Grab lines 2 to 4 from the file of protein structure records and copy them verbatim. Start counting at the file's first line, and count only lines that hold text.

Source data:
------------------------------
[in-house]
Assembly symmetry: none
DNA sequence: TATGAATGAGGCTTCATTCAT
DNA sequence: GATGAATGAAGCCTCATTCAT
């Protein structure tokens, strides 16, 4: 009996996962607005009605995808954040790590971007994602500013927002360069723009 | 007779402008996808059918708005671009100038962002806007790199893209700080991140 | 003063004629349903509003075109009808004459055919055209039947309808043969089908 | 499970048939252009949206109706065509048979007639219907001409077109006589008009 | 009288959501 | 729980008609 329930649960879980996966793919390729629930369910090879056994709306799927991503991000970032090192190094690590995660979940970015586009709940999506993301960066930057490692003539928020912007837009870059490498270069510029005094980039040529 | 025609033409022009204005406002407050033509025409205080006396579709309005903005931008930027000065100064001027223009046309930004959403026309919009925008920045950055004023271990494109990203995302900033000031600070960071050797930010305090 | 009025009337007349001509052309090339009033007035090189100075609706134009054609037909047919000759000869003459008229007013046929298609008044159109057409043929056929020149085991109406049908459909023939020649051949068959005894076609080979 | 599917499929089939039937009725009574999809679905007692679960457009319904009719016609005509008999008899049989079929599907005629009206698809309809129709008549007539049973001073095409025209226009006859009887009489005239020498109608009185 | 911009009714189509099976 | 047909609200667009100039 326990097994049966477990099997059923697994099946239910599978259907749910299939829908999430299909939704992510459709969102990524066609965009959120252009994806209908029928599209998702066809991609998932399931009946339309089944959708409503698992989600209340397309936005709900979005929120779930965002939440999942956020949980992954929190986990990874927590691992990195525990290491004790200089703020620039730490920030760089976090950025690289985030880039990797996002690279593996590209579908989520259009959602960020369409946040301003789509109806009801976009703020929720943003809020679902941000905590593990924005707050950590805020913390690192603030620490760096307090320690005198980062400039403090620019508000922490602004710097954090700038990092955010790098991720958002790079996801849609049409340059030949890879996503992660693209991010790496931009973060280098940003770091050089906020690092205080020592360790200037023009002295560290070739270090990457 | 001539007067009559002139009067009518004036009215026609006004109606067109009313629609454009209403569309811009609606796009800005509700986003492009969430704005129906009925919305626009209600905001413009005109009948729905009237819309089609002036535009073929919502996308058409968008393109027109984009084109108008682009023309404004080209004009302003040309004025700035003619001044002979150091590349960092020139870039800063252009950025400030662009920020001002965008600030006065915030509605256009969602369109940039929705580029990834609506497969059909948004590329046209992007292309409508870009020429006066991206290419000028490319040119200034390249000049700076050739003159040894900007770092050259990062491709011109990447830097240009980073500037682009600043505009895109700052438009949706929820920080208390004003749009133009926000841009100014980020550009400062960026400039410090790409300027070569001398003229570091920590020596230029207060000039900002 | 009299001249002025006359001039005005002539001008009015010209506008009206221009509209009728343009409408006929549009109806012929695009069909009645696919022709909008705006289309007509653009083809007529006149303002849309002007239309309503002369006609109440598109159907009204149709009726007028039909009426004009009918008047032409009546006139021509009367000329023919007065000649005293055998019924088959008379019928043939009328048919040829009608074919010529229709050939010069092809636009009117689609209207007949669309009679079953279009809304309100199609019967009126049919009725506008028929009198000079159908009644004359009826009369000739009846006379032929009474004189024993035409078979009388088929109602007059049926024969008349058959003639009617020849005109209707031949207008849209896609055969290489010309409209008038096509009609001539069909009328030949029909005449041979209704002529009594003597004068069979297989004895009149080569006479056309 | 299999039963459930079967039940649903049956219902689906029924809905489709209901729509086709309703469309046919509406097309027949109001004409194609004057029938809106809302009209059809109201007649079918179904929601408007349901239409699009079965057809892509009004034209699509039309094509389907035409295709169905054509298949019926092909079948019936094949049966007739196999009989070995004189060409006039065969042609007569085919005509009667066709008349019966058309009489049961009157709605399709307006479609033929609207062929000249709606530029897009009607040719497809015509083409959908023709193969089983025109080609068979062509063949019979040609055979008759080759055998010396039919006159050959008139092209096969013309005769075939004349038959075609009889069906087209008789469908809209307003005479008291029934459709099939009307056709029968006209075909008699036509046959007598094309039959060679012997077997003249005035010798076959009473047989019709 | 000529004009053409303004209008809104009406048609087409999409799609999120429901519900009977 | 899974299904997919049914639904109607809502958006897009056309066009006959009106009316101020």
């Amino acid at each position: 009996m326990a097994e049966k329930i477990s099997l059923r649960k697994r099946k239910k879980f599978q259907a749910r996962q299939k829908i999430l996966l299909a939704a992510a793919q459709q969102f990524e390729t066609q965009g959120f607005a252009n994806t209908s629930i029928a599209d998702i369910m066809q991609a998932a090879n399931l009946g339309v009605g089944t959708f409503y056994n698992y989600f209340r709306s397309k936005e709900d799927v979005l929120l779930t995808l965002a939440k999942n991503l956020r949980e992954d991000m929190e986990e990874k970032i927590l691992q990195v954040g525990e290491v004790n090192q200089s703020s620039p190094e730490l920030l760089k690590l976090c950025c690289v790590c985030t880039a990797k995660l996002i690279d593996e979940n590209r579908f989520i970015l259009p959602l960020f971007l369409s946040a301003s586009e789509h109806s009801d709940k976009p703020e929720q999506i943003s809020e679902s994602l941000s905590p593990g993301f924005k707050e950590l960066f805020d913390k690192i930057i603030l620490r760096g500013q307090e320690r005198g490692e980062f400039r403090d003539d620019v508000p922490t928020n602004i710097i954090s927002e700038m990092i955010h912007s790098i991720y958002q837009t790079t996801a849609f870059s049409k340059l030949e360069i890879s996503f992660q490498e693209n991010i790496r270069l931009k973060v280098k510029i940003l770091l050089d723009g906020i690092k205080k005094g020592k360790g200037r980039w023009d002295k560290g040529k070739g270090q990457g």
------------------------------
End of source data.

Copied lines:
Assembly symmetry: none
DNA sequence: TATGAATGAGGCTTCATTCAT
DNA sequence: GATGAATGAAGCCTCATTCAT